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November 12, 2009

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A day for singles to find 'the one'

BY visiting cinemas and chinking wine glasses, China's singles reveled yesterday, "Single's Day," trying to beat loneliness amid whistling wind and, in some areas, falling snowflakes.

In the country's major cities, such as Beijing and Shanghai, lonely hearts who knew each other on the Internet met and huddled for warmth.

Party invitations were posted in cyber space, calling for the participation of singles. Cinemas provided discounts, encouraging the singles to accidentally bump into "the one" by sitting next to him or her.

In the northwestern Shaanxi Province, Netizens called on local singles to take No. 11 bus at 11 minutes past 11 o'clock to socialize and "find the serendipity."

"Guanggun" festival, or "single stick" day, originated in the 1990s. College students came up with November 11 with all its single digits to celebrate and perhaps wallow in the loneliest number.

"Although there is snow tonight, I prefer to wear a skirt for the party," said a 28-year-old Beijing woman surnamed Ma, who was going to attend a singles-only party staged by a local matchmaker company. "A red skirt would help me stand out in the crowd," she said.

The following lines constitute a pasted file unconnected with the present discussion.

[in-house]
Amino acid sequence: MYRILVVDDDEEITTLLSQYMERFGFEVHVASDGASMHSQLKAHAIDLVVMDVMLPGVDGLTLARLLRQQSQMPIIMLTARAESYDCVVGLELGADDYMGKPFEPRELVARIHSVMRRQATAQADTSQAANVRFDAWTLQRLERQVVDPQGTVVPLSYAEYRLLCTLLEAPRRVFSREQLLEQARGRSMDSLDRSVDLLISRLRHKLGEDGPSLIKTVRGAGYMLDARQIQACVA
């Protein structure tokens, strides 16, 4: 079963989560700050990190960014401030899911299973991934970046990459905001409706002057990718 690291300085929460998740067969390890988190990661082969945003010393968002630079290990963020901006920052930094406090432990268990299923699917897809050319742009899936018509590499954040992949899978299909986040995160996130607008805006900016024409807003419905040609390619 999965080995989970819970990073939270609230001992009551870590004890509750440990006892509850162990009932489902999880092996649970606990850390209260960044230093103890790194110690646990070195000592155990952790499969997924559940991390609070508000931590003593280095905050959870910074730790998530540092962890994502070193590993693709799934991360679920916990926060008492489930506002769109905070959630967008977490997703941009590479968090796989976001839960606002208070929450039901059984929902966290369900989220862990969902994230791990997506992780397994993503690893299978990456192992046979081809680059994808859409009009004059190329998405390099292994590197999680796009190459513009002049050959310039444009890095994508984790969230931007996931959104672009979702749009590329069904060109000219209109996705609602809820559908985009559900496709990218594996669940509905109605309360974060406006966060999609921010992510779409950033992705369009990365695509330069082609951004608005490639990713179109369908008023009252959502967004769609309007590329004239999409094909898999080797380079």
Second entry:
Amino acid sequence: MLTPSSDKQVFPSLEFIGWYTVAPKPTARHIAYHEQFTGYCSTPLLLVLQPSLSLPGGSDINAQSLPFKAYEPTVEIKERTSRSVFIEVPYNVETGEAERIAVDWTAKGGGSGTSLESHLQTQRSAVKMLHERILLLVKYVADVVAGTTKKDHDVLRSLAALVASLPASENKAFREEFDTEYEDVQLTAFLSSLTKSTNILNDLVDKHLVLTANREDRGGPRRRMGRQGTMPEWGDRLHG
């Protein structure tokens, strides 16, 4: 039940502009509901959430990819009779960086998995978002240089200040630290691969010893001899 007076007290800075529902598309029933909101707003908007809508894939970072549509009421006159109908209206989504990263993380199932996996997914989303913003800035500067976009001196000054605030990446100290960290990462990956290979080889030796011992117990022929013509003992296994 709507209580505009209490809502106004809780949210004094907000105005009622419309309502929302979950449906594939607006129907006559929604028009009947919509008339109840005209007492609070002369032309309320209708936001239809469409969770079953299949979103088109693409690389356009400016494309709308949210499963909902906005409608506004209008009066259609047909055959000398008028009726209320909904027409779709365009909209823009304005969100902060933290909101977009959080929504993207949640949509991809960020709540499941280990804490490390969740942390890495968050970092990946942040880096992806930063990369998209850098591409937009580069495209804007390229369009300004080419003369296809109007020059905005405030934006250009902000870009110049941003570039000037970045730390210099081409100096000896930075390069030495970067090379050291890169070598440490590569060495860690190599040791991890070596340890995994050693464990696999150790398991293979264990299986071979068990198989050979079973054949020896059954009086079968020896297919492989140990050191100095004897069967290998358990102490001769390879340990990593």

In Taiyuan, capital of Shanxi Province, where snow measured more than 15 centimeters yesterday, singles braved the weather to gather in karaoke bars to give their loneliness a musical outlet.

"It's our day. It's the Valentine's Day for all the singles, isn't it?" said Chen Qing, a Taiyuan white-collar worker and one of the organizers of a party for singles in the downtown. "It's also a good chance to make friends."

Gang Zi, a musician in the northeastern Heilongjiang Province, also turned to music to express his mixed feelings for being single on the special day. "I hope my song 'Good to be single' could give the singles an emotional support," he said. "But I also hope they can stop being single by finding love."

Men and women still waiting for Cupid's arrows in the snowy Inner Mongolia Autonomous Region exchanged snowballs and affectionate gestures in the chilly wind.

"I did not feel the coldness tonight with so many new friends around," said Zhao Hui, 28, who worked with a local bank.


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